Are you an Olympic writer?

The winter Olympic events terrify me.

Seriously. The Luge—a person hurtling down an icy trek at 100 mph on a tiny shovel-sized sled. (and have you heard of the Skeleton? Yeah, that’s the same thing, only head first. What—?) The Freestyle Skiing—aka bomb a double-diamond mogul run, (and don’t forget the two death-defying jumps in the middle). The Snowboard Cross—a free-for all down the slope that’s not unlike motocross. (and let’s not forget roller derby on skates—the Short Track event!) There’s the Giant Slalom—tuck and fly down a mountainside. Maybe touch the snow once in a while.

Even the Figure Skating pairs has me white knuckled as those tiny women fly in the air, hoping to be caught (please!) by their partners.

(By the way, that’s Alexa & Chris Knierim, pairs figure skaters who are married and happen to also be Christians. Click on their pic for their faith story.)

I love the terror. I’m an Olympic junkie. Mostly because I’m so awed by the courage and commitment of these athletes. (and I’m a Minnesotan, so winter sports speaks to my heart!)

What drives this courage, this commitment through pain and fear and struggle?

I loved the opening ceremony, but even more, the opening sequence that started with this line: When you are searching for the story of these athletes, always start with the dream.

Oh, how that truth translates into anything we do, right? Especially writing. Because without dreams, we have no fuel through the crashes, the dark nights. Nothing to pick us back up.

But I want to suggest that for you—there’s something even deeper. A calling. A calling to write a story that touches hearts, changes lives. A dream is often about a person. A calling is about the soul. About listening to that voice that refuses to stay silent.

A dream is a picture, a hope, a longing.

A calling is a purpose, a fire deep inside.

A calling is the thing that tells you to get out of the boat. (and here’s where the preaching starts, so you’ve been warned.)

This morning, I read: (Matthew 14)

Meanwhile, the disciples were in trouble far away from land, for a strong wind had risen, and they were fighting heavy waves. About three o’clock in the morning Jesus came toward them, walking on the water. When the disciples saw him walking on the water, they were terrified. In their fear, they cried out, “It’s a ghost!”
But Jesus spoke to them at once. “Don’t be afraid,” he said. “Take courage. I am here!”
Then Peter called to him, “Lord, if it’s really you, tell me to come to you, walking on the water.”
“Yes, come,” Jesus said.
So Peter went over the side of the boat and walked on the water toward Jesus. But when he saw the strong wind and the waves, he was terrified and began to sink. “Save me, Lord!” he shouted.
Jesus immediately reached out and grabbed him. “You have so little faith,” Jesus said. “Why did you doubt me?”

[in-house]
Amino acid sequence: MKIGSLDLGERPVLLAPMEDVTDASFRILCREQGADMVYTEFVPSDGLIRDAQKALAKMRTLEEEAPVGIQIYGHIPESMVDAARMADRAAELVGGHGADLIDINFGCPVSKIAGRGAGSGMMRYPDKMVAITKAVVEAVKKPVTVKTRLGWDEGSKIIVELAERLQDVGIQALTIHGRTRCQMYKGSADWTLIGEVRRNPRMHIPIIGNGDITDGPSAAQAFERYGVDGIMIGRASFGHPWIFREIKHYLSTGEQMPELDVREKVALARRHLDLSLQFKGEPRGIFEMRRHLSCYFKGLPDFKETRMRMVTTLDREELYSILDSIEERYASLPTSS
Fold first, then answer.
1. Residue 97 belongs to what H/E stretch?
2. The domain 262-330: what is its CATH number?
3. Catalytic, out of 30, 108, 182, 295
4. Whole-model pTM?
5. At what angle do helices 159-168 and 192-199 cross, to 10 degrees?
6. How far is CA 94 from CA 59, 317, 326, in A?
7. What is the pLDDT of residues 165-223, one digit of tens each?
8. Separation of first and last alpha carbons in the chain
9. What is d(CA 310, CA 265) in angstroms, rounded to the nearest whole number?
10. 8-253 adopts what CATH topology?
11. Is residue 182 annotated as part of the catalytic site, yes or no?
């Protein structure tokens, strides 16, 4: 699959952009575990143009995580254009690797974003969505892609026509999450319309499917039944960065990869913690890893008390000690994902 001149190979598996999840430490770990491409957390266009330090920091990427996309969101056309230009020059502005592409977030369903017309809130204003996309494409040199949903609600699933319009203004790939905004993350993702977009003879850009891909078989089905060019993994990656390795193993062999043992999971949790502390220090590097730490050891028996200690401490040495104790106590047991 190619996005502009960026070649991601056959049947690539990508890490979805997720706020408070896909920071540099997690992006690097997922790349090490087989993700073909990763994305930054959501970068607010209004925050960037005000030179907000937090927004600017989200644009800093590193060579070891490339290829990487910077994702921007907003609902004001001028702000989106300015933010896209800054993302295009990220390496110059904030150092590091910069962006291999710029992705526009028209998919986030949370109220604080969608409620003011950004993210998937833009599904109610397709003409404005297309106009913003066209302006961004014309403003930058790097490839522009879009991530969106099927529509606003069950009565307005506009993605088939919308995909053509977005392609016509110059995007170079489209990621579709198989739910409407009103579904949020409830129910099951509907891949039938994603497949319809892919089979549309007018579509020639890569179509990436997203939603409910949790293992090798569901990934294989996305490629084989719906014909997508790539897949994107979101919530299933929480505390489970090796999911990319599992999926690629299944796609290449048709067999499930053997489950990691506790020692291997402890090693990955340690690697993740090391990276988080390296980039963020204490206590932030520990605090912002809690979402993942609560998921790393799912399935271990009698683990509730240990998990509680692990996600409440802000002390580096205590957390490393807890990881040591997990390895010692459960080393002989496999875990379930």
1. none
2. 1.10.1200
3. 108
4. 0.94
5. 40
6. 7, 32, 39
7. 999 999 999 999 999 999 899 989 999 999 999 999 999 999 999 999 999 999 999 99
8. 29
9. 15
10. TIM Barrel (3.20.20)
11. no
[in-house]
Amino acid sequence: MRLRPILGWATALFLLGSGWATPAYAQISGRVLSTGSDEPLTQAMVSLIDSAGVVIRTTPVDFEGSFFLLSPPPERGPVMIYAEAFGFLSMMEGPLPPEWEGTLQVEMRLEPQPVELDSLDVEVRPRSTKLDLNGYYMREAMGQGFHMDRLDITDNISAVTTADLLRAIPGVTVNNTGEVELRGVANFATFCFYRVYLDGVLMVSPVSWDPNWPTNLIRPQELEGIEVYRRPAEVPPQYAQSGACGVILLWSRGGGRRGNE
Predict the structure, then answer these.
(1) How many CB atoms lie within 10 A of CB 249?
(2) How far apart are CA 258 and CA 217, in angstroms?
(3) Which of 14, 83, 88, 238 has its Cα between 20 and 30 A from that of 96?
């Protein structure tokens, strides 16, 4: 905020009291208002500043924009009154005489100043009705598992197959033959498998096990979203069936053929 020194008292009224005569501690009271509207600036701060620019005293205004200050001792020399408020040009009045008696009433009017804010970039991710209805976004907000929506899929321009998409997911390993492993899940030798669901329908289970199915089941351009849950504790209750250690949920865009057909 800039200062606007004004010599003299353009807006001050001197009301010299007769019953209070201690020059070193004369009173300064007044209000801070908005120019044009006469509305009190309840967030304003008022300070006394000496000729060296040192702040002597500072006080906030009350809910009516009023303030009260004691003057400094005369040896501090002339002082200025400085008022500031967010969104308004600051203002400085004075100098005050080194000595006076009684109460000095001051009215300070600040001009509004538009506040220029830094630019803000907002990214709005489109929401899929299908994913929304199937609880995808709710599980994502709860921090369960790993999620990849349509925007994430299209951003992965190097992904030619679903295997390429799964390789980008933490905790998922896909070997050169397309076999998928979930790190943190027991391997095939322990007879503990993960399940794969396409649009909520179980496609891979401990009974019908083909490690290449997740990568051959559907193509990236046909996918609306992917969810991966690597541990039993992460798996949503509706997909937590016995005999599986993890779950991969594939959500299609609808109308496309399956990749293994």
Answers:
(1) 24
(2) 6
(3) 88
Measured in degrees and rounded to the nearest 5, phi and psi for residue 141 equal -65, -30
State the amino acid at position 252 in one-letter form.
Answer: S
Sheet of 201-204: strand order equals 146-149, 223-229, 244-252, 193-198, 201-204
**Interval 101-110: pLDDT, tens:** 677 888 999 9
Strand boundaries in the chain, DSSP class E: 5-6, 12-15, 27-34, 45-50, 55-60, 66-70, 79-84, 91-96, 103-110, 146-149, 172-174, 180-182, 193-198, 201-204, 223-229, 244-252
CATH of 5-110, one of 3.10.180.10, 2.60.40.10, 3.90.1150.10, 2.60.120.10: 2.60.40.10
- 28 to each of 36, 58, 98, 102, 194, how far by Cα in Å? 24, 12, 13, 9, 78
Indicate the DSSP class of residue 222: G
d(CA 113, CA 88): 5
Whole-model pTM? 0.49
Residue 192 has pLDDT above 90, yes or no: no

That’s a dream and a calling put together. That’s Peter, seeing the miraculous, wanting it, then following Jesus’ call to do the miraculous with him. Peter, in faith, climbing out of the boat, doing the miraculous (until he realizes what’s happening!) It’s Peter, sinking, then taking his gaze off himself and putting it back on Jesus.

I think authors who build careers start with a dream, but they follow a calling. Whether it’s inspirational or not, it’s deep inside of them. A desire to tell stories that change lives. (by the way, I think athletes and musicians and even accountants can do the same thing.)

It’s the middle of February. It’s cold out. The wind is howling. But Jesus is calling. Get out of the boat. (and don’t forget to keep your eyes on Him.)

Oh, and by the way—want to really put power into your story? Give your character a Dream (something he’s always wanted) and then a CALLING to do something he can’t resist (which translates into a Noble Quest!) [And once you have that in place, you can easily put up obstacles and create tension. But that’s a different blog. Sorry—I get carried away when I start talking story structure!]

What is your calling? It’s not just to write a story—that’s just the HOW of your calling. Dig deeper.

Then go back your computer and keep writing something brilliant.

Your story matters!

Susie May

P.S. Are you working on a story that contains romance? Whether it be a thread, or a full out story—you need to know HOW to build it. Did you know that a great romance is layered on top of regular story structure? Or that knowing the 2 basic romantic structures can streamline your entire plot? Learn this and soooooo much more in our 6 hour seminar, Learn how to write a Brilliant Romance.ON SALE UNTIL VALENTINES DAY for $100 OFF! (and yes, we have a payment plan!) Get the BRILLIANT ROMANCE SEMINAR here.

​What happens when you don’t give up

I couldn’t believe it. Someone had sneaked into my office and in the middle of my manuscript had written:

You are making a mistake.

You are a missionary. You should be spending your time evangelizing, not writing fiction.

You are wasting God’s time.

Yep.

And frankly, right then…I thought they were right. See, hubs and I and our four children were living in Siberia, working as church-planting missionaries. Sharing the gospel, assisting short term mission teams and helping local bodies of believers build church buildings. I was homeschooling our four children and teaching ESL to Russians using the Bible.

And, I was trying to get published. I’m not sure why—I loved my “job” as a wife, mother and missionary. But God had ignited inside me a desire to tell stories of faith, romance and adventure, and I couldn’t seem to douse it.

Still, I was getting nowhere. I’d written four novels. All got rejected. I’d recently sent in a novella to a contest, but with the mail service in Siberia, it probably got thrown in some circular file.

He was probably right. Rude, but right.